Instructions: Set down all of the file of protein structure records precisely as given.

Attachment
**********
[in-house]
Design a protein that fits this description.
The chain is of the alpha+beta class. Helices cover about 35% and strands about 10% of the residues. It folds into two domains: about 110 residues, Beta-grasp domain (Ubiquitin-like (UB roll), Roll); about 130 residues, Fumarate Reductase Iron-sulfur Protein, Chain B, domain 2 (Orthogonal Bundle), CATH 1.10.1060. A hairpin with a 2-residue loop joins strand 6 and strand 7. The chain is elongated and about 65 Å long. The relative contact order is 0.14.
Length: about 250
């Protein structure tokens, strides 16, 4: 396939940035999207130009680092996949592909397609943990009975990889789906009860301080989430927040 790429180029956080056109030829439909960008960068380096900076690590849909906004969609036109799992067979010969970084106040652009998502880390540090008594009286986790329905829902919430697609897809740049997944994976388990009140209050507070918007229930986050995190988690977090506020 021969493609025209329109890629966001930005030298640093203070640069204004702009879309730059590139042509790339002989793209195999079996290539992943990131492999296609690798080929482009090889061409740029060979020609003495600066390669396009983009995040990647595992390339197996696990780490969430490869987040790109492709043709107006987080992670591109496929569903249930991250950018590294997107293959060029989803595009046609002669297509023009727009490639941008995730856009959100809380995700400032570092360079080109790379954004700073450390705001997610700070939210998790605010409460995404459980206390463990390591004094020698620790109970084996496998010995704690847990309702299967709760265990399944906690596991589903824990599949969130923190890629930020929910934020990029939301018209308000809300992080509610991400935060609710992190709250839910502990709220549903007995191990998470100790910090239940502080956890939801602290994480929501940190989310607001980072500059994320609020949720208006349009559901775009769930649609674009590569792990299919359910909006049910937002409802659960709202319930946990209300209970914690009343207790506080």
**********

[in-house]
Design a protein that fits this description.
The chain is of the alpha+beta class. Helices cover about 35% and strands about 10% of the residues. It folds into two domains: about 110 residues, Beta-grasp domain (Ubiquitin-like (UB roll), Roll); about 130 residues, Fumarate Reductase Iron-sulfur Protein, Chain B, domain 2 (Orthogonal Bundle), CATH 1.10.1060. A hairpin with a 2-residue loop joins strand 6 and strand 7. The chain is elongated and about 65 Å long. The relative contact order is 0.14.
Length: about 250
């Protein structure tokens, strides 16, 4: 396939940035999207130009680092996949592909397609943990009975990889789906009860301080989430927040 790429180029956080056109030829439909960008960068380096900076690590849909906004969609036109799992067979010969970084106040652009998502880390540090008594009286986790329905829902919430697609897809740049997944994976388990009140209050507070918007229930986050995190988690977090506020 021969493609025209329109890629966001930005030298640093203070640069204004702009879309730059590139042509790339002989793209195999079996290539992943990131492999296609690798080929482009090889061409740029060979020609003495600066390669396009983009995040990647595992390339197996696990780490969430490869987040790109492709043709107006987080992670591109496929569903249930991250950018590294997107293959060029989803595009046609002669297509023009727009490639941008995730856009959100809380995700400032570092360079080109790379954004700073450390705001997610700070939210998790605010409460995404459980206390463990390591004094020698620790109970084996496998010995704690847990309702299967709760265990399944906690596991589903824990599949969130923190890629930020929910934020990029939301018209308000809300992080509610991400935060609710992190709250839910502990709220549903007995191990998470100790910090239940502080956890939801602290994480929501940190989310607001980072500059994320609020949720208006349009559901775009769930649609674009590569792990299919359910909006049910937002409802659960709202319930946990209300209970914690009343207790506080």